The scene at Arlington cemetery is excellent, as well. Not only are these two shown to be physically proficient as our heroes, but intellectually. “Who needs Google when you’ve got Scully.” The way they figure out the clever clues is delightful, and the callback to Deep Throat is a nice, sentimental touch.

We’ve always known Mulder and Scully to be these bad-ass agents, and the two of them working on this classic-style X-File on the fringe of law and order is a true return to form. This is what fell by the wayside when Chris Carter let his shitty mythology run rampant. We only got glimpses of it throughout The X-Files’ eighth and ninth seasons, and it was virtually absent in Season 10.

Like Scully kicking her feet up in the Unremarkable House, I’d like to make myself at home here.

Hello, It’s Me, Debbie Downer

My strategy going forward is to live as though Season 10 and “My Struggle III” don’t exist. I already do this with certain episodes (“3?” I don’t know her.) and even entire plotlines (Mulder’s brain disease). However, the fact that we were made to go through Season 10 at all will forever enrage me. The only cure? Not more cowbell. It’s MSR.

If you take away the MSR element (I’m not even just talking about romantically) and look at the story itself, it is mediocre, in my opinion. The plot is hard to follow — even without Gillian’s distracting tweets. It seems out of character for Langly to have ever allowed some secret corporation to upload him…or whatever. And this love interest is way out of left field. It serves as the deus ex machina, contrived and bland.

The scene between Mulder and Erika Price is shot somewhat pretentiously. The set dressing and the camera work is ostentatious; although, Barbara Hershey is great. It’s nice to see her not getting interrupted by Mr. Y every five seconds. (Mr. Y — as in WHY is he even this show, amirite?) We can’t have a woman be the head of an evil syndicate all on her own? Thanks, Chris Carter, for yet another one of your misogynistic points of view showing up on my favorite TV show.

I hate to complain about anything after everything this episode gives us, but The X-Files opened itself up to extreme criticism when they made us excited about a revival and then let us down royally for an entire season. You throw a bunch of MSR at us and expect us to lose our shit — I mean, we do — but we should’ve had it way before “This.”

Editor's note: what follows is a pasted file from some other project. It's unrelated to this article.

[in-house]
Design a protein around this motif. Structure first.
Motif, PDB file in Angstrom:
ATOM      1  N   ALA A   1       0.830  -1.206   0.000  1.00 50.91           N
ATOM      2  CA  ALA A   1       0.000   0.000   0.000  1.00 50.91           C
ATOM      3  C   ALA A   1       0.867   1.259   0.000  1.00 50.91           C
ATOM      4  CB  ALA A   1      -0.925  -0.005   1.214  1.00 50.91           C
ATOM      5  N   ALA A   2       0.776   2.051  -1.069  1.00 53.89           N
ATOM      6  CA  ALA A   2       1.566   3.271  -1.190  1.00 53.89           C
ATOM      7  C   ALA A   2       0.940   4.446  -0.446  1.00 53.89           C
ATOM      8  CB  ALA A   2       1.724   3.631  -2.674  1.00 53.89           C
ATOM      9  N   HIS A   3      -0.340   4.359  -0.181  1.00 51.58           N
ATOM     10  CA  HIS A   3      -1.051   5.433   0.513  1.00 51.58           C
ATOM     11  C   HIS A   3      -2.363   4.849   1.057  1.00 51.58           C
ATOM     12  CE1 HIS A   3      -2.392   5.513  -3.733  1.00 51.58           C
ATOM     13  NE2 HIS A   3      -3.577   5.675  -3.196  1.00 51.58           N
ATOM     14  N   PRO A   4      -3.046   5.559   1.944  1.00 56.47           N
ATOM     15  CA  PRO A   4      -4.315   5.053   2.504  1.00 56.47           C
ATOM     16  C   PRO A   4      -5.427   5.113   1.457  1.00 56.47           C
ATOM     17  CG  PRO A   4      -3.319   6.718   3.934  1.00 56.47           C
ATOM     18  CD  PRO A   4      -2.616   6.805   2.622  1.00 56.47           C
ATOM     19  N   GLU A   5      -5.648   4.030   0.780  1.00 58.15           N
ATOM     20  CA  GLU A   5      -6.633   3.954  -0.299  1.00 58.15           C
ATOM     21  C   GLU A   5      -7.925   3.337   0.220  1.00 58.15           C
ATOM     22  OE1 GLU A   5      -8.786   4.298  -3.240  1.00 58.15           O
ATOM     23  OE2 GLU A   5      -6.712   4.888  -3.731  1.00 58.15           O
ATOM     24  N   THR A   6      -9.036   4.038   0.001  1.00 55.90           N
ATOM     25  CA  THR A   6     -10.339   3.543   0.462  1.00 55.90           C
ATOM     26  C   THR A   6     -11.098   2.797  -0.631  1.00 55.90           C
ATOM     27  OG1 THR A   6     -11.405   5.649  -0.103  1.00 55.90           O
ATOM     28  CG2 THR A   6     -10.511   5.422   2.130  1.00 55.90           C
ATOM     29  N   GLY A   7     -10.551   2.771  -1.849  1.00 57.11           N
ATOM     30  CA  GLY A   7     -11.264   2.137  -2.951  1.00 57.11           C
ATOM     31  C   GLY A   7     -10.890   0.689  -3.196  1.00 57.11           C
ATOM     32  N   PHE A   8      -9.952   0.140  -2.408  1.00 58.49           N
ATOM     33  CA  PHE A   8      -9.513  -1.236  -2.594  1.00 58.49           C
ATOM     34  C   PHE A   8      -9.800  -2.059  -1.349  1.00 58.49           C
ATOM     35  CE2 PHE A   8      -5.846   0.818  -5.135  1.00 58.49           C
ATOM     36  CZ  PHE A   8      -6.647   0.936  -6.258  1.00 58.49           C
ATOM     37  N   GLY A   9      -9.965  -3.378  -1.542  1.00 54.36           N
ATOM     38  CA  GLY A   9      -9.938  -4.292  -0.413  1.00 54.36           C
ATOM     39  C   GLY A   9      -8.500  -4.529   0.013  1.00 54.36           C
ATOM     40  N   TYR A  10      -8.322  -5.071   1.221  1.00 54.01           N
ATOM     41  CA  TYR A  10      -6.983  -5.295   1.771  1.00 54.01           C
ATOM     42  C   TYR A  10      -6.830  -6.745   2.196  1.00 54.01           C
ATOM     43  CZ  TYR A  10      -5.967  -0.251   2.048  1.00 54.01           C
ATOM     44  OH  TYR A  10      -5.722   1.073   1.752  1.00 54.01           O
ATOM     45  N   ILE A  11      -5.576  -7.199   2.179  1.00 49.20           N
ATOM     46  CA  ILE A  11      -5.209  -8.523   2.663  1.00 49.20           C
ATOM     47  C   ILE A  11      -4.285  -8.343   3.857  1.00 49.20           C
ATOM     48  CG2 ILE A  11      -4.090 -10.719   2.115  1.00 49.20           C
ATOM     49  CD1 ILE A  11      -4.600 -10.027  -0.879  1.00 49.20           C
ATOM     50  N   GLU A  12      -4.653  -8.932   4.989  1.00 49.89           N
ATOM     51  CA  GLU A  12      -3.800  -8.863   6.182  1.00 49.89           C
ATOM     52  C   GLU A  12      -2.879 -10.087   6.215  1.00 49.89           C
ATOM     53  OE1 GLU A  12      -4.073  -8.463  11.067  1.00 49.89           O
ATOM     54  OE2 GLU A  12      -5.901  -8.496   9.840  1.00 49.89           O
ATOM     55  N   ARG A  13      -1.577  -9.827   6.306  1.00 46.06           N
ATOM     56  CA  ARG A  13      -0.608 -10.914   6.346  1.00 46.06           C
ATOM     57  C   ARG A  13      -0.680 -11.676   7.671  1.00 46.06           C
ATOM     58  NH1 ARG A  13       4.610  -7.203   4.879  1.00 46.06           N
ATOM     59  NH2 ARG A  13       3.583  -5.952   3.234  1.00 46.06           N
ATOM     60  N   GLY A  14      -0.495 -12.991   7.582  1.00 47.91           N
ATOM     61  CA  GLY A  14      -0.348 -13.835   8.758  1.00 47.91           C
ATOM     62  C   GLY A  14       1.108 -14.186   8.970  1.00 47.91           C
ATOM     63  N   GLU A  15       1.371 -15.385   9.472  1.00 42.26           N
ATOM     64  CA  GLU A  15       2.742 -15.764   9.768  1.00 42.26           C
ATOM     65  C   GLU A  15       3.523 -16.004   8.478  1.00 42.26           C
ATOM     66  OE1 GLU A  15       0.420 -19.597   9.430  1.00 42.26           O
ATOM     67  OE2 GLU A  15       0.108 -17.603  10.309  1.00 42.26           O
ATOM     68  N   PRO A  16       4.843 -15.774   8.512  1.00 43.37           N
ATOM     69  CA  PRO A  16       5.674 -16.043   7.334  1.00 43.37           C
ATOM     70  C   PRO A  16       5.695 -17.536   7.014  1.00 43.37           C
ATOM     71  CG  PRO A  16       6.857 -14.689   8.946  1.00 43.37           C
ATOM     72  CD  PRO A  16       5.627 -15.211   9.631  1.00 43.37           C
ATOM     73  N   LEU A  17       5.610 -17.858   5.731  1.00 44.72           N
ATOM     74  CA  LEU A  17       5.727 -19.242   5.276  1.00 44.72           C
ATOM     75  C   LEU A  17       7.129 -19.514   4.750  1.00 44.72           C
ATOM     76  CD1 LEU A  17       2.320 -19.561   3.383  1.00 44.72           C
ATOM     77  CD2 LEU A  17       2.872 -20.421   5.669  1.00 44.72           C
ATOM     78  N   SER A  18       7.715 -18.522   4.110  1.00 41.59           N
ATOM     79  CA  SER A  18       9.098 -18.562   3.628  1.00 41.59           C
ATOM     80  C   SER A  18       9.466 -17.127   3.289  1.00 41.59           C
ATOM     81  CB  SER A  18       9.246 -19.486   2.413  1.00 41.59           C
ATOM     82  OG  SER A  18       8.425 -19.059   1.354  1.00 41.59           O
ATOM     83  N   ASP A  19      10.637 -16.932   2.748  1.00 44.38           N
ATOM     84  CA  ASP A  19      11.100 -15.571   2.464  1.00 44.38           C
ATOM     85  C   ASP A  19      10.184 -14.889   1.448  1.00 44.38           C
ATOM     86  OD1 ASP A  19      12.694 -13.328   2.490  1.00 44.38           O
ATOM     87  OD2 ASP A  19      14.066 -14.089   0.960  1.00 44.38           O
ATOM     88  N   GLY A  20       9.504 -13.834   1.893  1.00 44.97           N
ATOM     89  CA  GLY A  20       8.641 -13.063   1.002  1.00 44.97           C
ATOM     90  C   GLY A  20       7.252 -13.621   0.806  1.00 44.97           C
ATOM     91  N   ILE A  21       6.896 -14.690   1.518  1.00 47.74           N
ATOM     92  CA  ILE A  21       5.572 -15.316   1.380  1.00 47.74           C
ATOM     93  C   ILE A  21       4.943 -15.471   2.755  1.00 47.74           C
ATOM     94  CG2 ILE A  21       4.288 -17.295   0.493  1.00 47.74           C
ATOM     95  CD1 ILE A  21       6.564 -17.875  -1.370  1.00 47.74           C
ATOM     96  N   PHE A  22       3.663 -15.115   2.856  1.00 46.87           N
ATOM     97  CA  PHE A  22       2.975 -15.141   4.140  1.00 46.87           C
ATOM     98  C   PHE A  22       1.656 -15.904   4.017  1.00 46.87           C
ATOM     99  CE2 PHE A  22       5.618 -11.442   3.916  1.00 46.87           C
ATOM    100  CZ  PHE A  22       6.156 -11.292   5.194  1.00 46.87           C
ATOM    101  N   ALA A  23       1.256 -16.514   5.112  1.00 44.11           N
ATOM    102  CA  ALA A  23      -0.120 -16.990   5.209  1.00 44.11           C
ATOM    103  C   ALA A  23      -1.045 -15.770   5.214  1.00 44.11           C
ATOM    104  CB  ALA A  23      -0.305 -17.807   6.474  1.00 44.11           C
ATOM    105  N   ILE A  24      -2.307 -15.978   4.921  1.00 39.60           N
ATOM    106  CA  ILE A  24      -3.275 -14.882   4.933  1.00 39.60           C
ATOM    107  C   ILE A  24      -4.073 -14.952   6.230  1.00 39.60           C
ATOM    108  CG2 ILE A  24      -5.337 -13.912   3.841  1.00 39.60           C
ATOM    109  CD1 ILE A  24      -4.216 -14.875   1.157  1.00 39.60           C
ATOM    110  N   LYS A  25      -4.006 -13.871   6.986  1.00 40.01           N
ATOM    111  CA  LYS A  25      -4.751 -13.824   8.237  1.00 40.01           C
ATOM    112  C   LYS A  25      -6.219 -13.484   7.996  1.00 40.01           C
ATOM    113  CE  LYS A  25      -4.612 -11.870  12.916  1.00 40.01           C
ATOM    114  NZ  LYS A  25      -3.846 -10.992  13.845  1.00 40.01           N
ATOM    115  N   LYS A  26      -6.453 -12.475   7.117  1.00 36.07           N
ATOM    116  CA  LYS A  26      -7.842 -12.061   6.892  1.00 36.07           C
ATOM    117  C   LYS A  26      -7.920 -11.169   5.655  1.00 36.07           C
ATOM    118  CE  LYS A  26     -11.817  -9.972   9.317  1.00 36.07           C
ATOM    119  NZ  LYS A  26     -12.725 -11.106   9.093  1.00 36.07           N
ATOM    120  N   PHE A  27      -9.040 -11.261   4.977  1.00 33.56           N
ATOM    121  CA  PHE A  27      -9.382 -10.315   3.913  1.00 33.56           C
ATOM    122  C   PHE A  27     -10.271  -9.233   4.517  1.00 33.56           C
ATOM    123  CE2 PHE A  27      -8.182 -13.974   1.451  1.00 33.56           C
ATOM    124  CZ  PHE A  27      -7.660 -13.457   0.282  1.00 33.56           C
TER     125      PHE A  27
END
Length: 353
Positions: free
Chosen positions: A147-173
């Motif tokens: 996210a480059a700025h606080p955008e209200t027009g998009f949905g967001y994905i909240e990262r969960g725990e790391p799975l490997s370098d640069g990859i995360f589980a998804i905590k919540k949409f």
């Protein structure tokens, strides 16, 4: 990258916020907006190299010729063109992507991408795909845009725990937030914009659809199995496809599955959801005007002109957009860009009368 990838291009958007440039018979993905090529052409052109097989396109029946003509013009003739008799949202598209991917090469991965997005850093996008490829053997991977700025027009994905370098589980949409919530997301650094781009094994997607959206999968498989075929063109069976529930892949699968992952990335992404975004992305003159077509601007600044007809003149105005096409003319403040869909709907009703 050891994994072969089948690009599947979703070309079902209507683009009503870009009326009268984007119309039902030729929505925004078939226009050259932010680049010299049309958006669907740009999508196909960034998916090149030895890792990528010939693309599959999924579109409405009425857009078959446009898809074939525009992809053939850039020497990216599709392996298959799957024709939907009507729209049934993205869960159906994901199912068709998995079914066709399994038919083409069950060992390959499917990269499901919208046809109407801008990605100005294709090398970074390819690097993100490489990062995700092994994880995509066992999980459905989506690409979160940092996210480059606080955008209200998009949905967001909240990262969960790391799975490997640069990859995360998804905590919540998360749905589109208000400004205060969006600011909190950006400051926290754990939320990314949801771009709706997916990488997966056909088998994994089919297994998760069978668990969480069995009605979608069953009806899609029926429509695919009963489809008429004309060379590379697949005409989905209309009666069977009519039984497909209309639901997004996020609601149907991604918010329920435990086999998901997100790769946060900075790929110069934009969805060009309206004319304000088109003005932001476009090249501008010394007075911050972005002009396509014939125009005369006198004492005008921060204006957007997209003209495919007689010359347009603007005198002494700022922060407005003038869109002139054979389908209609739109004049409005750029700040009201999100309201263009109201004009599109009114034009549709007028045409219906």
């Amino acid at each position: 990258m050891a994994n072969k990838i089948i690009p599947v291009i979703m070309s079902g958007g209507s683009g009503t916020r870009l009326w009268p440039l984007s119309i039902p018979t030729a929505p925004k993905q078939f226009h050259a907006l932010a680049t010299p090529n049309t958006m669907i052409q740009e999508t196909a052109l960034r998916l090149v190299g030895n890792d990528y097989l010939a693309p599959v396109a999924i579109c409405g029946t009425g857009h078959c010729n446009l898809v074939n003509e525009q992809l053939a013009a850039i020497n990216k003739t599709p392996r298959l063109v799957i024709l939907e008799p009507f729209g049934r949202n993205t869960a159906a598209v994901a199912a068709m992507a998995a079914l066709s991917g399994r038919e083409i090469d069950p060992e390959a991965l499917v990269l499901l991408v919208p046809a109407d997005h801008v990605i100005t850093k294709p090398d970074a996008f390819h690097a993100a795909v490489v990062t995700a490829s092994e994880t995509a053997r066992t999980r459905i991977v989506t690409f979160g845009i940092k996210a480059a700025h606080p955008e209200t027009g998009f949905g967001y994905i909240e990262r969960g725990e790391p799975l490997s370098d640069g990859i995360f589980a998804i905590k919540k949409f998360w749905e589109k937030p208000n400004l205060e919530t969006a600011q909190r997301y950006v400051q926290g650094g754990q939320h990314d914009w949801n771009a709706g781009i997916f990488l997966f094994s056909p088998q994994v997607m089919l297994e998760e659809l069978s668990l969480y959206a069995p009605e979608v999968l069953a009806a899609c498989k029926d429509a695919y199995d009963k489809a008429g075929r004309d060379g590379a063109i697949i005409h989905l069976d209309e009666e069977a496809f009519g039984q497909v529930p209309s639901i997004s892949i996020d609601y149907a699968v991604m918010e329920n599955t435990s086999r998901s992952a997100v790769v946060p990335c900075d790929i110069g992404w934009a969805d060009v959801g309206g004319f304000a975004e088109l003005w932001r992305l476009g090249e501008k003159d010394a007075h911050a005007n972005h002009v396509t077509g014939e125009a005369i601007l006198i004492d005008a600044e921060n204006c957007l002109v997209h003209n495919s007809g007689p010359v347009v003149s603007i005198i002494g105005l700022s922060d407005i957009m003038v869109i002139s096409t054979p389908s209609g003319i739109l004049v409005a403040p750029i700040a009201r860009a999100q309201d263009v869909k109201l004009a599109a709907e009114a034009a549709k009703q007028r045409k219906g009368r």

Stray Observations

  • The opening credits tagline is changed to “Accuse your enemies of that which you are guilty.” Did Carter suggest this? It has his blowhard name all over it.
  • “Agent Mulder’s residence.” Really? That’s unnecessary. Once again, did Carter weasel his way in here somehow?
  • “Frohike looked 57 the day he was born.”
  • “We can’t go to our home. They’ll be waiting for us at our office.” The word “our” is the real MVP.
  • Okay, this Spank Bank business. I laughed out loud at first, but it stayed in the back of my mind like an icky albatross. It’s in poor taste, especially after “My Struggle III.” It reminds me of the “crack” joke in 10×03, “Mulder and Scully Meet the Were-Monster.” It’s funny initially, but never sits right because of its gross offensiveness.
  • This WHOLE scene that takes place at Chili’s some dive bar is insane. Project it on my gravestone, please.
  • Scully’s wink. [kisses fingers like a chef] Perfection!
  • Mulder’s “gag me” face. Wow.
  • “This guy is like Hannibal Lecter-level pyscho.” I screamed.
  • “Sorry bro, I’m married to the Bureau.” Scully called someone “bro!”
  • “Could Agent Scully be with me?” My heart!
  • “Why do you operate so well with your hands cuffed behind your back?” “As if you didn’t know.” CAN YOU BELIEVE?!
  • Scully has her hand on Mulder’s chest for the longest time.
  • This episode begins and ends with Mulder and Scully snuggling on the couch in their home. Hashtag: Blessed.

The X-Files airs Wednesdays at 8/7c on FOX.

3 thoughts on “The X-Files 11×02 Review: “This” and That